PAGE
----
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MASS DISASTERS: What Reporters Can Do To Take
Care of Themselves
Victims and the Media Program offers e-mail support for journalists
who want to share feelings with their peers. If you would like to
be paired with someone who has been there, click
here to e-mail Bonnie Bucqueroux - please put "PEER SUPPORT"
in the subject line.
shock and horror os 9/11. The devastation and frustration of Hurricane
Katrina. Reporters often find themselves on the front lines of mass
disasters alongside other first responders, seeing things that most
of us will never see. What can reporters do to take
themselves in such difficult times?
following is a list of short- and longer-term coping strategies based
on suggestions from the mental health professionals at the National
Center for PTSD and distilled advice from reporters and
other professionals who have witnessed extraordinary violence or suffered
the heat of the moment
time horizons - To get through the immediate assignment, recognize
that it may be necessary to go on "auto-pilot." Focus on
what to do next. But remember that this strategy only works short-term.
promise to yourself
- You can delay dealing with trauma, but promise yourself that you
will deal with your feelings later -- and then live up to that promise.
- Take a few minutes for a walk outside to breathe in fresh air or
call someone you care about. Circumstances may not allow you to leave
the assignment for long, but make the most of the small opportunities
to gain perspective and experience much-needed relief.
your competence - Reporting on violence is the toughest assignment.
Remember that you may uncharacteristically show emotion. You may make
mistakes. But you are a professional in a challenging assignment helping
others to assimilate terrible news. Never beat yourself up for doing
to supportive peers - You are not the only journalist who finds
that these assignments take a significant toll. Of course, there are
still some reporters and editors who deny the impact of trauma. Do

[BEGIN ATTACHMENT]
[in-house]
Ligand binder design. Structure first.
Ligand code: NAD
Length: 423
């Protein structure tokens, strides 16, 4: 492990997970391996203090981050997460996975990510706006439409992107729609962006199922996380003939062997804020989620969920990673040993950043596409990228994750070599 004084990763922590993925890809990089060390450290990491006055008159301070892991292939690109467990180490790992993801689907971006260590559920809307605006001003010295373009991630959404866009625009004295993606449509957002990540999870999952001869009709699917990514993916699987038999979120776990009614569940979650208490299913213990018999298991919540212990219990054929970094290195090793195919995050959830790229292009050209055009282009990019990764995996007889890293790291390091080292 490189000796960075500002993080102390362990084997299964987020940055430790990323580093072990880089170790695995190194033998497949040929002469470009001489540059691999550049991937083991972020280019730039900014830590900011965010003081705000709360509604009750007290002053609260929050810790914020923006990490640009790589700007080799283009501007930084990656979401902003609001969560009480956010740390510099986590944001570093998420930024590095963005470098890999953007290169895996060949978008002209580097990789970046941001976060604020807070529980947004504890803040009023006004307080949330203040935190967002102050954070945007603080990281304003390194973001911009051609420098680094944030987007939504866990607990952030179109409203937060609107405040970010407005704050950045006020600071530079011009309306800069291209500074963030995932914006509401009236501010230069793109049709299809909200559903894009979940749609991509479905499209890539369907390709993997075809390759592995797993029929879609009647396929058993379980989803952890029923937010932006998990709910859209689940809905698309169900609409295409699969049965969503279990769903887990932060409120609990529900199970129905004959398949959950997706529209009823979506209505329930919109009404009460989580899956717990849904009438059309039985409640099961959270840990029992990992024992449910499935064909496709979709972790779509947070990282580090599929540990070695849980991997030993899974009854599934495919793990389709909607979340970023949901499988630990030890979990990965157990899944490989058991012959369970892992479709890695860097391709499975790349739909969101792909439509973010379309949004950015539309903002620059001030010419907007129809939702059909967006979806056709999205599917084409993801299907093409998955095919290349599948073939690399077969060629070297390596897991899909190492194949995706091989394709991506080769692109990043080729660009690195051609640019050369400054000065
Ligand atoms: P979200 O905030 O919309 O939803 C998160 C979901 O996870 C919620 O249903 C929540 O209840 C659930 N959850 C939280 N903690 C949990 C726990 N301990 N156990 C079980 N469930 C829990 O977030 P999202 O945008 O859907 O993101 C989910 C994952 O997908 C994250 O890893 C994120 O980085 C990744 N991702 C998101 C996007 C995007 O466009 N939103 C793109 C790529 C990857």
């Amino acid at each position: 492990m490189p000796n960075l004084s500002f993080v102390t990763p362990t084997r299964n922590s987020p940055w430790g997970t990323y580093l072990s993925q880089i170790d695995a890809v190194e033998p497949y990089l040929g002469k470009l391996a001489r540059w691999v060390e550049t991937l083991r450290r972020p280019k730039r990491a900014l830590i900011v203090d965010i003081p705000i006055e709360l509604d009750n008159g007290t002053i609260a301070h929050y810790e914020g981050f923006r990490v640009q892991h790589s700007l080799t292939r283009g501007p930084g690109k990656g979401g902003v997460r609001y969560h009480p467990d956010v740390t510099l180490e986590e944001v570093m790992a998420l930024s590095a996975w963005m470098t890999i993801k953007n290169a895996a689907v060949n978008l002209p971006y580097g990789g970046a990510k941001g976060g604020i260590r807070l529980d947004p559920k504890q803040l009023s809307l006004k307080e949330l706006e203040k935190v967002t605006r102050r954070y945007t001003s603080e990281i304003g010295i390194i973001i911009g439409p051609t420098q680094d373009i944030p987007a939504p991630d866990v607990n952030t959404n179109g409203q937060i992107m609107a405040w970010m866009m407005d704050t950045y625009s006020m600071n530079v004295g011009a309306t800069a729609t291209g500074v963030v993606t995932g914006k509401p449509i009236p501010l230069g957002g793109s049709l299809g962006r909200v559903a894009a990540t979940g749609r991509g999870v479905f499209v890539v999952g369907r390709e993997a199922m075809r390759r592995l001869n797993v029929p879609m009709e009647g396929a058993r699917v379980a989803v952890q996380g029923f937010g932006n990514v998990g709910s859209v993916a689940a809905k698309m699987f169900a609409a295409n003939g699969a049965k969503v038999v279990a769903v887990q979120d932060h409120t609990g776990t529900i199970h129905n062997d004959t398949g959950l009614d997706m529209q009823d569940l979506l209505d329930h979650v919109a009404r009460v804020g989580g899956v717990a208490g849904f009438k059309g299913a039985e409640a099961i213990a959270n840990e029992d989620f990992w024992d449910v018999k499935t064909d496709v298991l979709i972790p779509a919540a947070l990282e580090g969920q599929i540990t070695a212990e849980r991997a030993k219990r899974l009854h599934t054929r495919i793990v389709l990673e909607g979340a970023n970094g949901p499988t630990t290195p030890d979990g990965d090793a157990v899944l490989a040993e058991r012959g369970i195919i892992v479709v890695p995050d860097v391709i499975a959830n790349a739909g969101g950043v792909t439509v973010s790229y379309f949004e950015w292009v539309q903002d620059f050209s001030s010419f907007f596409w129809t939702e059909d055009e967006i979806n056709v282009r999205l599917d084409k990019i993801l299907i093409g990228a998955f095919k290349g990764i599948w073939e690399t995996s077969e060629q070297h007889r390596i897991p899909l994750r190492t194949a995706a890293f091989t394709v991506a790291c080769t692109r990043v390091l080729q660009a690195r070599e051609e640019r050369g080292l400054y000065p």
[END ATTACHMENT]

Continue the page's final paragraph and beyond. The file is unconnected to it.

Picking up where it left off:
not let their ignorance or cynicism wound you or undermine your self-confidence.
Turn instead to empathetic peers who understand. You can e-mail
us (please put PEER SUPPORT in the subject line), if you would
like to be paired with a supportive reporter who knows how difficult
these assignments can be.
about trauma and PTSD
- You will find resources to help you understand PTSD through our
links page. As the experts from the National Center for PTSD say,
you will find that you are "not alone, not weak and not 'crazy.'"
on your personal support systems
- Talk with family, friends and co-workers, at your own pace. Follow
your own inclinations, but do not hesitate to call upon others for
help. There are times when we all need a shoulder to lean on - and
to cry on - and the good people in our lives take pride in our willingness
to trust them.
relaxation techniques - The National Center for PTSD recommends:
muscular relaxation exercises, breathing exercises, meditation, swimming,
stretching, yoga, prayer, listening to quiet music and spending time
in nature. Be aware, however, that disturbing physical sensations
can become more apparent when you are relaxed, so experiment to find
what is tolerable for you. (You may want to intersperse different
positive, creative activities
- Many people find that artistic expression helps them cope with stress
and trauma. Take a painting class. Take action on an issue that matters.
Volunteer to help others. Do things that make you laugh. Keep a journal.
Visit a museum. Play with children. Distraction alone cannot re-build
a life, but it is a positive force in the right direction.
an exercise program
- After getting your doctor's OK, begin a moderate but regular exercise
program. In addition to improving your overall health and fitness,
the brain chemicals exercise generates can help boost your spirits.
care of your physical self - Eat regularly and eat healthy foods.
Take time to sleep. Get a massage. Make time away from the telephone.
to adding new responsibilities (if you can).
help sooner rather than later
- Don't buy into the argument that you should tough it out as long
as possible before seeking help. Talk with your physician about the
trauma you have experienced. Seek references to counselors with whom
you can talk about what you have been through. There is no shame in
taking good care of yourself.
SIGNS FROM THE NATIONAL CENTER FOR PTSD:
You should be sure to seek help if:
you are experiencing any symptoms that are causing distress,
are causing significant changes in your relationships or are
impairing your functioning at work,
are self-medicating with alcohol or other drugs or
you are unable to find relief with the strategies listed above.
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